7 Chilling Cold Cases Where The Murderer And Victim Were Both Unknown

Published November 21, 2017
Updated October 7, 2019
Published November 21, 2017
Updated October 7, 2019

Little Lord Fauntleroy

Drawing of Little Lord Fauntleroy

Wikimedia Commons A drawing of the boy found in the pond, nicknamed “Little Lord Fauntleroy.”

In 1921, someone found a young boy’s body in a pond behind a stone company in Waukesha County, Wis. The blonde, brown-eyed lad suffered blunt head trauma before entering the pond. According to police, the boy was four to seven years old. His fancy clothes suggested he was from an affluent family.

Nobody came forward to claim the boy – not even an acquaintance. Investigators nicknamed him ‘Little Lord Fauntleroy’ – likely due to the boy’s ruffled blouse made popular in the novel by the same name. An employee of the nearby stone company remembered a couple stopping in and asking if anyone had seen a small boy in the area several weeks prior.

The woman was visibly upset, and the man with her was walking near the pond. They left without answers, however, and were never seen or heard from again.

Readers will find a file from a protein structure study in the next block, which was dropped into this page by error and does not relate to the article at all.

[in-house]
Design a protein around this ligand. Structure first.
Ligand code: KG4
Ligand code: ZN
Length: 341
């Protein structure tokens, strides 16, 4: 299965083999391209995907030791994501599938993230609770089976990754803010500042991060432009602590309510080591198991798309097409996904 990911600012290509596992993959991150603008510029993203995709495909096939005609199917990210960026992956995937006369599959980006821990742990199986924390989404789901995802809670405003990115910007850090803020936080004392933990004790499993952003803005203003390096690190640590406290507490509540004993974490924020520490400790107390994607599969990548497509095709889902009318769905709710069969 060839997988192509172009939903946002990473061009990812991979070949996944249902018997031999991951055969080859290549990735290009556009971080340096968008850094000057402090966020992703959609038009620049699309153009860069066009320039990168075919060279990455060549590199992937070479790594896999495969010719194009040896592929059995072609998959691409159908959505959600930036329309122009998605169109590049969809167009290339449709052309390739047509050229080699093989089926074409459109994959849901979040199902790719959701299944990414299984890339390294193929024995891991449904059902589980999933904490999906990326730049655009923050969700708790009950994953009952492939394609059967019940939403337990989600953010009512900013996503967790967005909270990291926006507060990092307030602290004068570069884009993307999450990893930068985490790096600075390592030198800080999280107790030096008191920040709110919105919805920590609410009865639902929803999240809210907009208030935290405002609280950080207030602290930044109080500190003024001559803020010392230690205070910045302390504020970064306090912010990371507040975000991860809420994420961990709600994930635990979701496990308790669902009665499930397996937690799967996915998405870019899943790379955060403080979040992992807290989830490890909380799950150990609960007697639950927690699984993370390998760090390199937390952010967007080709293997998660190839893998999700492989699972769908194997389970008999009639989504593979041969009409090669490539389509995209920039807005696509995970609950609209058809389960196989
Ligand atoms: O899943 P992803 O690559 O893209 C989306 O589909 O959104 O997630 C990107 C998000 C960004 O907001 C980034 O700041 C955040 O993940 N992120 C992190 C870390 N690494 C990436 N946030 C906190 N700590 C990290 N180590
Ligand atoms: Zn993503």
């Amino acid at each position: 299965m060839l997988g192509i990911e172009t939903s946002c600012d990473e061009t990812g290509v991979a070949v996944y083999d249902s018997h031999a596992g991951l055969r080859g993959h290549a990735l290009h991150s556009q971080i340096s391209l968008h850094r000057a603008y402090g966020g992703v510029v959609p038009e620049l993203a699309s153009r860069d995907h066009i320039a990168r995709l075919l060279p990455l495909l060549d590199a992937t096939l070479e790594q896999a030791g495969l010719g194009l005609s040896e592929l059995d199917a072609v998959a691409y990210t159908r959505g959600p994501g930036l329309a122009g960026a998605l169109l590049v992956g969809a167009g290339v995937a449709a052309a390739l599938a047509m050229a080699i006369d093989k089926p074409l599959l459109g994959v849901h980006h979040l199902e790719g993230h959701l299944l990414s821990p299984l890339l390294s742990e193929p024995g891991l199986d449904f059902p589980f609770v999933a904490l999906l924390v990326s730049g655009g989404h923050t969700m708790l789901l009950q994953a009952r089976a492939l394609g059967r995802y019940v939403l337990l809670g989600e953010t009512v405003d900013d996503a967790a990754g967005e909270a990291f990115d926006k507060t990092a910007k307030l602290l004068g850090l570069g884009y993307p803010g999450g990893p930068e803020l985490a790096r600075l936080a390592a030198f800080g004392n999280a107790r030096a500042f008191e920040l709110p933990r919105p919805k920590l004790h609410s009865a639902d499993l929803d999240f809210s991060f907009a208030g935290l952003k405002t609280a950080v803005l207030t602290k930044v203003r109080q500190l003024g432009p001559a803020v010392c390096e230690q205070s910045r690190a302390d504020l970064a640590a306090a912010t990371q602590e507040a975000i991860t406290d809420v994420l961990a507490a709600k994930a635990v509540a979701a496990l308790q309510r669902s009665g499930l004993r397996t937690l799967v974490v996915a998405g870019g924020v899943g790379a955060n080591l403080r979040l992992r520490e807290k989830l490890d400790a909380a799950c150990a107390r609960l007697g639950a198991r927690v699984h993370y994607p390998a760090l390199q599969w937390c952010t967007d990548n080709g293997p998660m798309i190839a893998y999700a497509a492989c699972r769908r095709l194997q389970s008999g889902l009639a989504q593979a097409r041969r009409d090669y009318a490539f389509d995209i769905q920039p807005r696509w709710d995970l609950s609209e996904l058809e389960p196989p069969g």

After no more leads surfaced, the boy was buried in Prairie Home Cemetery in Waukesha. A local named Minnie Conrad raised funds for the burial. Townspeople later reported seeing a woman in a dark veil visiting the gravesite several times.

Homer Lemay

Wikimedia CommonsA photo of Homer Lemay, who may possibly be Little Lord Fauntleroy.

Almost 29 years later, a medical examiner from Milwaukee thought that the case of Little Lord Fauntleroy may be connected to Homer Lemay.

The six-year-old Lemay disappeared around the same time the boy in the pond died. But Lemay’s father insisted that his son died in a car accident in South America. Detectives were unable to find any public record of the accident.

Erin Kelly
Erin Kelly is a freelance writer, artist, and video editor that splits her time between the humid Midwest and the dusty corners of her mind.